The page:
Let's be honest — neither phone does a fantastic job when shooting handheld in dark situations. That being said, the Galaxy S5 really shows its weakness in these situations. Whether its outdoors or inside (though indoor seemed to be the worst), the GS5 just doesn't seem to be able to figure out what to do in lower light. It will often focus incorrectly or just leave the shutter open too long in order to try and brighten the photo, in either case causing an intolerable amount of blur in the picture. Whether it was in automatic or HDR mode didn't seem matter when it came to brightness or grain — every photo was exceptionally noisy in low light. The poor man's version of OIS, called "picture stabilization" mode, seemed to help in some situations but hurt in others — proving that there's really no substitute for true hardware OIS.
The Nexus 5 does a bit better in these low light and indoor situations, but relies heavily on its HDR+ mode to provide smooth and well-lit shots. Unlike the GS5 it has the ability to use a longer shutter speed and HDR+ to take a better picture because it has OIS, and it really shows its worth in these kinds of pictures. As long as there isn't a lot of movement (a requirement for the GS5 as well) and you use HDR+, you'll get some acceptable results. Of the two phones, the Nexus 5 is the one that will take low light pictures that look good on anything more than a 5-inch phone screen.
While you definitely won't be trusting either one of these to take dedicated camera-quality shots in low light, I'd take the Nexus 5 in a heartbeat if these were the two choices to take a picture.
Handheld low light winner: Nexus 5
If you've spent any amount of time with these phones, you can tell there's a big difference in the way the camera software was designed. While Samsung has definitely taken a step in the right direction with its previously-bloated camera software, things are still a bit jumbled and confusing. Hitting the settings button in the interface reveals several options that aren't entirely clear what they do, and you can really get in and tweak things (whether it's a good idea or not). When it comes to actually taking pictures, the software is very responsive, with incredibly fast autofocus and capture times. HDR capture was so fast it's almost indistinguishable from automatic mode.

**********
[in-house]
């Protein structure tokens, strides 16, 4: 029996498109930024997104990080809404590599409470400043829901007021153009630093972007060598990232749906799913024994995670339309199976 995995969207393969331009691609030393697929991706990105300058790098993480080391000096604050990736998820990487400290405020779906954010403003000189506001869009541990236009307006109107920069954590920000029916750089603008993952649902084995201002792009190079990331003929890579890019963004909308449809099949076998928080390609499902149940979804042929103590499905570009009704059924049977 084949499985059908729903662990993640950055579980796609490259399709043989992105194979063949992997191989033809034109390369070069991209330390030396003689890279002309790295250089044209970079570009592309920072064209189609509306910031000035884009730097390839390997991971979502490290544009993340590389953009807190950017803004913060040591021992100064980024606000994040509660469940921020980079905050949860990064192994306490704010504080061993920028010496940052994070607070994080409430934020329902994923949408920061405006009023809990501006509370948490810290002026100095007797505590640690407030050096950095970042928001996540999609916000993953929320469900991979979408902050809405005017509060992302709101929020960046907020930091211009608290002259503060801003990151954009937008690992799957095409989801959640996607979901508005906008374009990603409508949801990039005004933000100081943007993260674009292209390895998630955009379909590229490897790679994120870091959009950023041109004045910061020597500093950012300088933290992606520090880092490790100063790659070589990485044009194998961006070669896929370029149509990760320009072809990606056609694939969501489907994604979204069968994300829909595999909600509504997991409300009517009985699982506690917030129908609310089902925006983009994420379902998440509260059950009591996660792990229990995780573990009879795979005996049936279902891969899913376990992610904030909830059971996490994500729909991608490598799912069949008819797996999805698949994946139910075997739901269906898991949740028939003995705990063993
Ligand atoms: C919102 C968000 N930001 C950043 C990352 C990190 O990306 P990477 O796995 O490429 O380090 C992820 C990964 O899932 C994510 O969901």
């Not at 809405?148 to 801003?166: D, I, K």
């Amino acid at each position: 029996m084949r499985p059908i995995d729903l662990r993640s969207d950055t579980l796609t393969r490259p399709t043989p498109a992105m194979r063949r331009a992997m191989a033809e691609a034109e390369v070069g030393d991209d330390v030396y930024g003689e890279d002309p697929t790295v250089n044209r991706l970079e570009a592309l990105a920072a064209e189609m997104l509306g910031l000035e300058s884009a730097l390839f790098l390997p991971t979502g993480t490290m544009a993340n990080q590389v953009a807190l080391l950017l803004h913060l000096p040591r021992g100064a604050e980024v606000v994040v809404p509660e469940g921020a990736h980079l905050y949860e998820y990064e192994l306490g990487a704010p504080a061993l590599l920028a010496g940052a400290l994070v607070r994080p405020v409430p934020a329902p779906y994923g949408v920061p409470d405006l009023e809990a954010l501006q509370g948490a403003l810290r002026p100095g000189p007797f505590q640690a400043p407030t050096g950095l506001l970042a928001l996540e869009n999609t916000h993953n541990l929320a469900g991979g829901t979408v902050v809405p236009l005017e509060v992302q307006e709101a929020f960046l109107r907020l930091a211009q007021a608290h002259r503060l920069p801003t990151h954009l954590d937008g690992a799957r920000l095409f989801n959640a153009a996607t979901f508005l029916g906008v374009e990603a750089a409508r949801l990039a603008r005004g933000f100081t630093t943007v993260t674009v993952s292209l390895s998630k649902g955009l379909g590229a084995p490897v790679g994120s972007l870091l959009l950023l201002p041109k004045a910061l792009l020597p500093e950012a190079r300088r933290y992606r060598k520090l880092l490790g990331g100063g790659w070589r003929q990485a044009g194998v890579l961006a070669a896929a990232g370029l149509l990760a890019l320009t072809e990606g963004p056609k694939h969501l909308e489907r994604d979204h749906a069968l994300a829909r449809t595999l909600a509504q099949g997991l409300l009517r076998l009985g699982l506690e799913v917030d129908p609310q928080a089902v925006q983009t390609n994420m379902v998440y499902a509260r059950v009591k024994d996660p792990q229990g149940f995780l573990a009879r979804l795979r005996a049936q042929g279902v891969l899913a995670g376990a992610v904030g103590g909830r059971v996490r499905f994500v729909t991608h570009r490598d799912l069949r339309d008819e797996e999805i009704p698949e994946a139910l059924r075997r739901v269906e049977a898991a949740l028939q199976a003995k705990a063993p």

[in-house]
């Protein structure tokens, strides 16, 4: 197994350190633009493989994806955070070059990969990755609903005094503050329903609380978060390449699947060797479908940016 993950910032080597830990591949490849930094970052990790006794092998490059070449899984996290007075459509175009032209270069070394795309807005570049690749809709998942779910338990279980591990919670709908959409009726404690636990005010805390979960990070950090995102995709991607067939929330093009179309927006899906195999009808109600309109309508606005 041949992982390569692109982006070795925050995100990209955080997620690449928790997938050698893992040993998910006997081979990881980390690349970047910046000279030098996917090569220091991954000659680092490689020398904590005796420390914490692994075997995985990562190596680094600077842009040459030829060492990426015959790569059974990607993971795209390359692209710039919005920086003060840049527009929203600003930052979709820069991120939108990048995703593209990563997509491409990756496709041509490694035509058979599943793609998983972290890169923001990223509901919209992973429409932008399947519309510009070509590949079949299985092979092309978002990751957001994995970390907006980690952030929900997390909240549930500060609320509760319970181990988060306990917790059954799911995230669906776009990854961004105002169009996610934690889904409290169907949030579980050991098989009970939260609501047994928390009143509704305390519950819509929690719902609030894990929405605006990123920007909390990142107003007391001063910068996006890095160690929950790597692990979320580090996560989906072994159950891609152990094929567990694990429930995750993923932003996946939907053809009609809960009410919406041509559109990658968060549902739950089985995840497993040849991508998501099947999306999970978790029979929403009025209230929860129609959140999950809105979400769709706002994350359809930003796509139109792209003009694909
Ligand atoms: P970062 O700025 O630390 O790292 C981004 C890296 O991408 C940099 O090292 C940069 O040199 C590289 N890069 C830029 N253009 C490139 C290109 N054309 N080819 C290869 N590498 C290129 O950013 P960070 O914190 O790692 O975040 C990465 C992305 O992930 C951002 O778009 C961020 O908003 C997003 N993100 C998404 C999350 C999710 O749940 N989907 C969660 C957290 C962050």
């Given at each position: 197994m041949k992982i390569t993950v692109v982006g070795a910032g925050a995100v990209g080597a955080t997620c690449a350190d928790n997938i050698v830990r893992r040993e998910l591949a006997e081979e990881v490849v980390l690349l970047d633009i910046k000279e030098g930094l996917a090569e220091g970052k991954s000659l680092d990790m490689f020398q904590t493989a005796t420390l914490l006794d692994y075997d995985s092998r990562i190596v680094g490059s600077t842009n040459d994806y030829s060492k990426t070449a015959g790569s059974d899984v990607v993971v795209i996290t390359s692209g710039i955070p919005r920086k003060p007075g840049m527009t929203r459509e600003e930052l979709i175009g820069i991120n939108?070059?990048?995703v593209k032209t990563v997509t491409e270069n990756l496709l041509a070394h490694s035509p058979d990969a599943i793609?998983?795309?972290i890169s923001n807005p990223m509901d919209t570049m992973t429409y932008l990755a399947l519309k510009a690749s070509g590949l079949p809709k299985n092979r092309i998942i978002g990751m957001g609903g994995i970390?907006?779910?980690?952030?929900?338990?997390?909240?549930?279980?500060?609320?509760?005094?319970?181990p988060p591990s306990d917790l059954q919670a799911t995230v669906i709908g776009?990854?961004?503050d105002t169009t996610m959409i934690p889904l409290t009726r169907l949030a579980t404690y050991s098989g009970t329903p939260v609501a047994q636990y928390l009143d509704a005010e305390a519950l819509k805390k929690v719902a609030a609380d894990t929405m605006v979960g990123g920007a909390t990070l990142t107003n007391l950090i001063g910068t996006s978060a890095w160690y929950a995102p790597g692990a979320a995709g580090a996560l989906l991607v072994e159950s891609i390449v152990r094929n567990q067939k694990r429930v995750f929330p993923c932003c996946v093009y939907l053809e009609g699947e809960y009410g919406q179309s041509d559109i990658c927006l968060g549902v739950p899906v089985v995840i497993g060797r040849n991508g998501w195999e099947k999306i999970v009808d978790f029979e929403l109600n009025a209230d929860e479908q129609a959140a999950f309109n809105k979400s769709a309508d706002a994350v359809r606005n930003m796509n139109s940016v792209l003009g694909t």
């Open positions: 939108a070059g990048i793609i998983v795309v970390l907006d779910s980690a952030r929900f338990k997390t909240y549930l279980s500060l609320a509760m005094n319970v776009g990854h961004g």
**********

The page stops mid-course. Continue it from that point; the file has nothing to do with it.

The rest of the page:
Google Camera on the Nexus 5, on the other hand, is almost too simple. Even once you dive into the settings to enable manual exposure controls and grid lines, there are very few shooting options when using Google's software. The new animation for HDR+ helps remind you to keep steady, and in the latest software version the auto focus and shot-to-shot speed have both been notably improved. If you don't need lots of tweaks and manual controls (most people definitely don't), you won't be missing much by choosing the Google photography suite.
As a point of comparison, I also chose to install the Google Camera app on the Galaxy S5 to see how it changed the experience. Other than the ability to take Photo Spheres, panoramas and Lens Blur shots as Google intended it, I found no difference in the quality of photos — you just get the simpler capturing interface and a drastically longer capture speed when taking HDR photos. Because it is unable to access the camera hardware in the same way as Samsung's own camera app is, there's something to be said for keeping to the stock app for the best possible photo quality.
Drawing final conclusions
After dozens of pictures, special camera rigs and lots of testing, we have some final results to look at. Diving in, the Galaxy S5 comes out on top when the conditions are right and you're taking pictures during the day. How big the GS5's lead is to your eyes depends on what kind of pictures you're drawn to — be it the GS5's punchy colors or Nexus 5's lifelike representations — but it's clear Samsung's offering has an overall higher quality of photos to offer.
When the amount of available light goes down, the table is turned completely. The Nexus 5 takes the lead in just about every low light situation, and unanimously wins when shooting in those situations without a tripod. The inclusion of OIS on the camera and a far superior HDR+ mode mean you'll get bright, grain-free shots even in tough photo conditions. The Galaxy S5 comes up short with an HDR mode that tries to do too much at night, and a picture stabilization mode that doesn't do a whole lot.
The software choices are a bit closer than in years past, and really come down to your personal preference. Samsung's camera suite is unmatched with the number of available features and tweaks, and on the Nexus 5's side Google Camera is simple and efficient for just getting good pictures without the frills.
So which one do you pick? Really, there's far more than just camera performance that should make up your mind on a phone — and there are a whole lot of differences to be noticed between the Galaxy S5 and Nexus 5. But if you're purely looking for a phone to take pictures, the choice simply comes down to what scenes you shoot in most — Galaxy S5 blazes the trail during the day, and the Nexus 5 shines brightest at night.
For a closer look at all of the photos used in this comparison, you can head to the Android Central Google+ page and view each photo in full resolution.